Access to land

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Currently in the UK, the entire country’s farmland is in the hands of less than one per cent of the population. Land prices have escalated, increasing by an average of £2000/acre over the last 10 years or so. This can be blamed on a number of issues, property speculation playing a large role. Raising capital to fund a smallholding is also becoming harder, taking out a mortgage to fund a small-scale farming project is no longer an option available to many.

With the average age of a UK farmer being between 60 and 70 and farming skills being undermined, something needs to be done to ensure the future of our food system. Relying heavily on imports, large scale production and fossil fuels we need to build a sustainable food system that is based on small-scale producers. Efforts must be made to make it easier for small scale food producers to gain access to land and also learn skills that are being lost as larger scale production takes over. It must be made easier for young people to gain access to land and build knowledge and skills to farm it in a sustainable manner.

The Landworkers Alliance is campaigning to facilitate access to land for those who want to farm, and for more effective land distribution. Supporting access to land in this way promotes small scale farming which in turn leads to social equality and food security.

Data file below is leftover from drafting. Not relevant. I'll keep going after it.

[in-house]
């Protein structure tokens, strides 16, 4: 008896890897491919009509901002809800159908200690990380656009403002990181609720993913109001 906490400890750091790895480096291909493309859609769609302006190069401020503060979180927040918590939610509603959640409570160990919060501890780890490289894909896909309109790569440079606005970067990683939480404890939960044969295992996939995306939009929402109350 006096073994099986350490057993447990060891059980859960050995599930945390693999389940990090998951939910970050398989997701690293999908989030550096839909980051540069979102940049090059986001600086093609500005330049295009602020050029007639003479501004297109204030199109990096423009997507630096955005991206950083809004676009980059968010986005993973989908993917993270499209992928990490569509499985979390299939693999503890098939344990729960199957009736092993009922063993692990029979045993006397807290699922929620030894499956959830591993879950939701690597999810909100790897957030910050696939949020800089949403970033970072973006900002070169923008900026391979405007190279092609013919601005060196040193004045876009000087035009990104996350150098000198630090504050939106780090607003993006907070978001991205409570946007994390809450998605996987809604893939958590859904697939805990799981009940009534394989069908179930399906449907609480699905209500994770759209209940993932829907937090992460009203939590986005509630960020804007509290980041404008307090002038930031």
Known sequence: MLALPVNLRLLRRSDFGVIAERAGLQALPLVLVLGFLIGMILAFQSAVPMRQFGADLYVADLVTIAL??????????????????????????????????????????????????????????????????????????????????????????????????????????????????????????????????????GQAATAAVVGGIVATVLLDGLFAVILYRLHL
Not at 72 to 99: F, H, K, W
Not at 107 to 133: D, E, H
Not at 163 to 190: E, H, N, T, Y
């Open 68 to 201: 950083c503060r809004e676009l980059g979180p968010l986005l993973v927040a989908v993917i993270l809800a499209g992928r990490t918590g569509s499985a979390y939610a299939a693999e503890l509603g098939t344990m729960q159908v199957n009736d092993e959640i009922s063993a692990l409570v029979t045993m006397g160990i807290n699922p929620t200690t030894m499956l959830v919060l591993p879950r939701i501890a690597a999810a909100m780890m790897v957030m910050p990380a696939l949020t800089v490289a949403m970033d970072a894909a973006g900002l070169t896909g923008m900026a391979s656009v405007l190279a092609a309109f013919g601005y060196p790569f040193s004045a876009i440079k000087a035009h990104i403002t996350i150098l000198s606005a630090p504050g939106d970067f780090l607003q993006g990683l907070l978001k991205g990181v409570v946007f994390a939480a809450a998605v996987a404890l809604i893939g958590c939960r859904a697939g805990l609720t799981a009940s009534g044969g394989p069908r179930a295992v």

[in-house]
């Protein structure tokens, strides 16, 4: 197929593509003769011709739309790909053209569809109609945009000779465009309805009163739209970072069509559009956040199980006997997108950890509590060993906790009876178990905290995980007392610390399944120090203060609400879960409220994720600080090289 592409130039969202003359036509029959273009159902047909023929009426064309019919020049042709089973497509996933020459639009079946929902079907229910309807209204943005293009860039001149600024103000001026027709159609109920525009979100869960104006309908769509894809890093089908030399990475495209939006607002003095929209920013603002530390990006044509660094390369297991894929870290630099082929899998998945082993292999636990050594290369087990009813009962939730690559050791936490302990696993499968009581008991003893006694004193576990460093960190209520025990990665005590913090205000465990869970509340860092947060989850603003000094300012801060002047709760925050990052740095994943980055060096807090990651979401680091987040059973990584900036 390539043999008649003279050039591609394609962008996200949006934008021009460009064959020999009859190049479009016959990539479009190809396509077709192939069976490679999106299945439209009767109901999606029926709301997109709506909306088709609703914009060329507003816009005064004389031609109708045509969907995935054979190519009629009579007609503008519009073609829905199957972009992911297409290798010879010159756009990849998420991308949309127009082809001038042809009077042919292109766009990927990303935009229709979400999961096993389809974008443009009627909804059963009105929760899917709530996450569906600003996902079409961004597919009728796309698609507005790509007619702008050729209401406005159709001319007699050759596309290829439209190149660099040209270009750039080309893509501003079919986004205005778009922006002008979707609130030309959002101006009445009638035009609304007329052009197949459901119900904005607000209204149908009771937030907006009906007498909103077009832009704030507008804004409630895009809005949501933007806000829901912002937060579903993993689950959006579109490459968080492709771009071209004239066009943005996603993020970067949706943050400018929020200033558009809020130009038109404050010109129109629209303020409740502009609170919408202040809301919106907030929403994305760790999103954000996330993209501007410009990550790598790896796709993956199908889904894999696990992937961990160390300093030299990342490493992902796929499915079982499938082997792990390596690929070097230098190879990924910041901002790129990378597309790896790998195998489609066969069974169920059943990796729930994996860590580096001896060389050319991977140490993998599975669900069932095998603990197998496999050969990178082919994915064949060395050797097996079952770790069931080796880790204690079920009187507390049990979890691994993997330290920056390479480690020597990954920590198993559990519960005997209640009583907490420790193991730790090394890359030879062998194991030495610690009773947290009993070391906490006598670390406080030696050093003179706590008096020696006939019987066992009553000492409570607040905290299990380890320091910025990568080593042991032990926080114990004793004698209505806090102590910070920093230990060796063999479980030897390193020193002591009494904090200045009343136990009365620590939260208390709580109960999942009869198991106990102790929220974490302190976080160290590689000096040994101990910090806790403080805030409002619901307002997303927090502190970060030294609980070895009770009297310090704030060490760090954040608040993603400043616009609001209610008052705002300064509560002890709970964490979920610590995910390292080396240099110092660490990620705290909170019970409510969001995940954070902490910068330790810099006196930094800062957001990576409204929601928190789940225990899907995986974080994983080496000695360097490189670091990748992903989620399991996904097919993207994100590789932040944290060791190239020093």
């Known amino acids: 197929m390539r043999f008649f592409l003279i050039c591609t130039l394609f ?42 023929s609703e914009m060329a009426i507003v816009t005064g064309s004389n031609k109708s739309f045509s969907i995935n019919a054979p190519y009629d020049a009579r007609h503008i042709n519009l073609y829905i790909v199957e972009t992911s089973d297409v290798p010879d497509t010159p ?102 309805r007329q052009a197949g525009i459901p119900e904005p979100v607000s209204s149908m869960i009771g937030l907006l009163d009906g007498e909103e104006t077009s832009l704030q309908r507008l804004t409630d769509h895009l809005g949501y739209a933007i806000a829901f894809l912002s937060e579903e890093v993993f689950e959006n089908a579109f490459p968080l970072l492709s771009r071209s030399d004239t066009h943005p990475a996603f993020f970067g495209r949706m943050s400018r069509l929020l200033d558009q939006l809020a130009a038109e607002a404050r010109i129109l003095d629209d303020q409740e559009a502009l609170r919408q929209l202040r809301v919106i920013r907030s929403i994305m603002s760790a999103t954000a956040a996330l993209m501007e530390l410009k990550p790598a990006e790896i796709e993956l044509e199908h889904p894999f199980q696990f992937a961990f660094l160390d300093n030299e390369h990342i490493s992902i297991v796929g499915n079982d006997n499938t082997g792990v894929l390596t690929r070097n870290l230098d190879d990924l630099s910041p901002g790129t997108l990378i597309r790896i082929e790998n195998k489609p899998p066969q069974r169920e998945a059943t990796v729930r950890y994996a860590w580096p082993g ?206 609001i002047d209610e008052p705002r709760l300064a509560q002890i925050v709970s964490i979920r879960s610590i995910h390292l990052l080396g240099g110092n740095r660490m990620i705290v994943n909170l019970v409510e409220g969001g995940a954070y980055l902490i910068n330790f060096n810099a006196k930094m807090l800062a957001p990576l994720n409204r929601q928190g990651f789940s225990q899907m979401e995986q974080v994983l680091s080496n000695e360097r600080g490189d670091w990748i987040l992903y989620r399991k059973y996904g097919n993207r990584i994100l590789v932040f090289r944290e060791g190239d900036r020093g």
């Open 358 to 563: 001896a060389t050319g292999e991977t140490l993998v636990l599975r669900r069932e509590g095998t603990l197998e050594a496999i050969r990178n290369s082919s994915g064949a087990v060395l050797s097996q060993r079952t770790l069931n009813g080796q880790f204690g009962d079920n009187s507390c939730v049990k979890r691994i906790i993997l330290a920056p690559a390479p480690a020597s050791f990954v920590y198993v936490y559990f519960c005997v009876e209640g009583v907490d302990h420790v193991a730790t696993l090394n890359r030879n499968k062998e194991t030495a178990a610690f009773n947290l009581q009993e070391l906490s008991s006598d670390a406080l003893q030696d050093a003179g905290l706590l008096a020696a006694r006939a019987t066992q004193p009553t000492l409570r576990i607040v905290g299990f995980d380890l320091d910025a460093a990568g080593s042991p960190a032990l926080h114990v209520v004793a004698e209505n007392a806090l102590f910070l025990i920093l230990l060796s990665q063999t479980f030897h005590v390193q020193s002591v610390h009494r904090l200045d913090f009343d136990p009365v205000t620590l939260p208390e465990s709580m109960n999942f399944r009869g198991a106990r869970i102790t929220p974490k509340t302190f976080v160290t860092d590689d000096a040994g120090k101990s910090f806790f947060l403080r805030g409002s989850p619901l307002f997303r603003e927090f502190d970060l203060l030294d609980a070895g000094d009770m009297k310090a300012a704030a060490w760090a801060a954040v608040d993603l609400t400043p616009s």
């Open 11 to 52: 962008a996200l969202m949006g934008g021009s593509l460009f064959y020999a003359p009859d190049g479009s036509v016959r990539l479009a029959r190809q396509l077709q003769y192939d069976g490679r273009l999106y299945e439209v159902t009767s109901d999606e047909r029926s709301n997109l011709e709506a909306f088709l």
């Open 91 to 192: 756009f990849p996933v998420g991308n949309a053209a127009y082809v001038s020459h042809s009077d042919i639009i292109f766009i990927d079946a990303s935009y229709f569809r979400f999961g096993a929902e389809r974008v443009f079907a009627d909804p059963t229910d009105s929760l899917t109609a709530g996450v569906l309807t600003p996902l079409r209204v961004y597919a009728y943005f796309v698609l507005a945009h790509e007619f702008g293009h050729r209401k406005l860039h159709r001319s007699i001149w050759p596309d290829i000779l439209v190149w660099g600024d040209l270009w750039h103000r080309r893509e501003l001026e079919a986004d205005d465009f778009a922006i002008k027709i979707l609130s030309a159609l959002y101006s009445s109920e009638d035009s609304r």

Europe: Land concentration and land grabbing occurring and reaching blatant levels

europe mistikaLand concentration and land grabbing do not occur only in developing countries in the South; in fact, both are underway in Europe today. A new report by European Coordination Via Campesina and Hands off the Land network shows that land grabbing and access to land are a critical issues today in Europe, and also reveals that the Common Agricultural Policy (CAP) subsidy scheme and other policies is implicated in a variety of ways.

The report, involving 25 authors from 11 countries and titled Land concentration, land grabbing and people’s struggles in Europe, reveals the hidden scandal of how just three per cent of landowners have come to control half of all farmed land. This massive concentration of land ownership and wealth is on a par with Brazil, Colombia and Philippines.

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